consent order, whereunder the workmen agreed to raise a
fresh dispute. He submits that a fresh dispute means a
dispute claiming benefit only from the date on which the
dispute is raised. We see no basis for such restricted
understanding. The order of the Court in Writ Petition 708
of 1968 reads as follows:

“Order dated 5.7.1968 is set aside without
prejudice to the rights of the respondents to
refer fresh dispute in respect of the same
demands according to Law.”

Firstly, it may be noticed that the order does not say that
the fresh dispute that may be raised should claim the
benefit only from the date of raising the fresh dispute.
Secondly, and more importantly, the order says that the
fresh dispute to be raised was to be “in respect of the same
demands”. Now the words “same demands” mean the very same
demand which was being raised by the workmen from November
1965 onwards. We are, therefore, unable to read the said
order of the High Court as imposing or implying any
restriction upon the workmen to limit the benefit claimed by
them only from the date of the raising of the fresh demand.
It was perfectly open to them to raise a demand, subsequent
to the said order, claiming the benefit with effect from a
date anterior to the date of raising the demand.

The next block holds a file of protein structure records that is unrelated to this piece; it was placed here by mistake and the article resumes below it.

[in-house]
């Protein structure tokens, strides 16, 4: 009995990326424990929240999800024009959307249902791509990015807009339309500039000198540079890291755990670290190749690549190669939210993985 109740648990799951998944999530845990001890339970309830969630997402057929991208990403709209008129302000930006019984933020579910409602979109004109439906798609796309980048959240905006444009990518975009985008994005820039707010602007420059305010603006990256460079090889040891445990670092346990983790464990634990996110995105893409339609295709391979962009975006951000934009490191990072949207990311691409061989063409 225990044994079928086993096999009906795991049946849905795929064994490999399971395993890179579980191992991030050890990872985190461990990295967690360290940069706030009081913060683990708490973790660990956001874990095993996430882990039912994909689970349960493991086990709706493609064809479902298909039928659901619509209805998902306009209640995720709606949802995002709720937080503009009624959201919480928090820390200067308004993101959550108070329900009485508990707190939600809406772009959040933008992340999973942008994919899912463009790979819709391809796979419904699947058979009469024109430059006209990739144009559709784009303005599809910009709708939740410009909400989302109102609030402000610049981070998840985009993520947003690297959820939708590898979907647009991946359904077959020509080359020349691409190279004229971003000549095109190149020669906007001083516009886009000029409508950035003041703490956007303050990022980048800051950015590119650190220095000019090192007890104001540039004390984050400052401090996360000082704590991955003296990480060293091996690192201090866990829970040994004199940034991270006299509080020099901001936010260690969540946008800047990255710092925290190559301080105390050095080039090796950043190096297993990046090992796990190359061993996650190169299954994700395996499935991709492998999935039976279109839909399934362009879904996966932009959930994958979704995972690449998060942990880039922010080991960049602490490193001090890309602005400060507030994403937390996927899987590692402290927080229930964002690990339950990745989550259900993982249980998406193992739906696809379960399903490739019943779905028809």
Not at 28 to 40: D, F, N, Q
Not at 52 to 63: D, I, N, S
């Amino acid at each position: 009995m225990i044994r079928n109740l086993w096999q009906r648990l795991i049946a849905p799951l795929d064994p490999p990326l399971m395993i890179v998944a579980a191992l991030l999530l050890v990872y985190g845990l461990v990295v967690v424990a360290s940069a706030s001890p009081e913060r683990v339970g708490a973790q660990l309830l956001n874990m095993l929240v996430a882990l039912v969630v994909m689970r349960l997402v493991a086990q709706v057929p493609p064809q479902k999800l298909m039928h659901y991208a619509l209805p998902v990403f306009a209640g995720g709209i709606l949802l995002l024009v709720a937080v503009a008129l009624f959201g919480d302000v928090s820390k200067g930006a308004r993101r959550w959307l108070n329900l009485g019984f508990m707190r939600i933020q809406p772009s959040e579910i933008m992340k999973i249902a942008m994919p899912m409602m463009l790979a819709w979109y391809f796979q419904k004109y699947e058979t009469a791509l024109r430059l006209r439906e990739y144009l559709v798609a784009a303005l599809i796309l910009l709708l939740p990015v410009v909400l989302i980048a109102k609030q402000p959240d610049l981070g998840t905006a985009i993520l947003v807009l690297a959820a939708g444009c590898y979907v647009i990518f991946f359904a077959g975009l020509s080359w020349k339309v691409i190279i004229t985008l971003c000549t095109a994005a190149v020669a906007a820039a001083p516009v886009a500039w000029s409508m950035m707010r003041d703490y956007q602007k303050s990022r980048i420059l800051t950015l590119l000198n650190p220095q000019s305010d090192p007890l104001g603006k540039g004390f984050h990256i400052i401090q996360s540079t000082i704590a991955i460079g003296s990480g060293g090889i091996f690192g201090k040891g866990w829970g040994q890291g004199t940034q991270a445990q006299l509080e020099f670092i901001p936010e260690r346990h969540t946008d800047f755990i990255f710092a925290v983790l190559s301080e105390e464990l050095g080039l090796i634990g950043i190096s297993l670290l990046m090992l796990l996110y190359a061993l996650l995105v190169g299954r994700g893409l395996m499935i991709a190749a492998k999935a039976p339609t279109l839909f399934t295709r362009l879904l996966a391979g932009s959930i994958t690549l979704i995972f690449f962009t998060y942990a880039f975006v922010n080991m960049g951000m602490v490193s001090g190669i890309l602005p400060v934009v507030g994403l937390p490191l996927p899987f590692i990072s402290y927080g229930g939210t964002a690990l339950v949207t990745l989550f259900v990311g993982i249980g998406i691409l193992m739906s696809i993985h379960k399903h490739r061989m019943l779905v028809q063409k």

Mr. Pai then submitted that the demand raised by the workmen
on 26.4.1968 cannot be said to raise an industrial dispute
inasmuch as an in-

1061

dustrial dispute arises only when the demand is submitted to
the Management. A demand by workmen addressed to the
Government can never constitute, an industrial dispute, he
submits. He, therefore, says that the Tribunal had no
jurisdiction to award the benefit with effect from 1.4.1968.
Reliance is placed upon the decision of this Court in The
Sindhu Resettlement Corporation Lid v., The Industrial
Tribunal of Gujarat & Ors., [1968] 1 SCR 515. In that case
the contention urged by the Management was that inasmuch as
the workmen did not raise any dispute with respect to
reinstatement and because the dispute raised by them related
only to payment of retrenchment compensation, the Government
had no power or justification for making a reference
relating to reinstatement. It is in that connection that
the following observations, relied upon by Shri Pai, were
made.

“If no dispute at all was raised by the
respondents with the management, any request
sent by them to the Government would only be a
demand by them and not an industrial dispute
between them and their employer, Ai,
industrial dispute, as defined, must be a
dispute between employers and employers,
employers and workmen, and workmen and
workmen. A mere demand to a Government,
without a dispute being raised by the workmen
with their employer, cannot become an
industrial dispute. Consequently the material
before the Tribunal, clearly showed that no
such industrial dispute, as was purported to
be referred by the State Government to the
Tribunal, had ever existed between the
appellant Corpn. and the respondents and the
State Government in making a reference,
obviously committed an error in basing its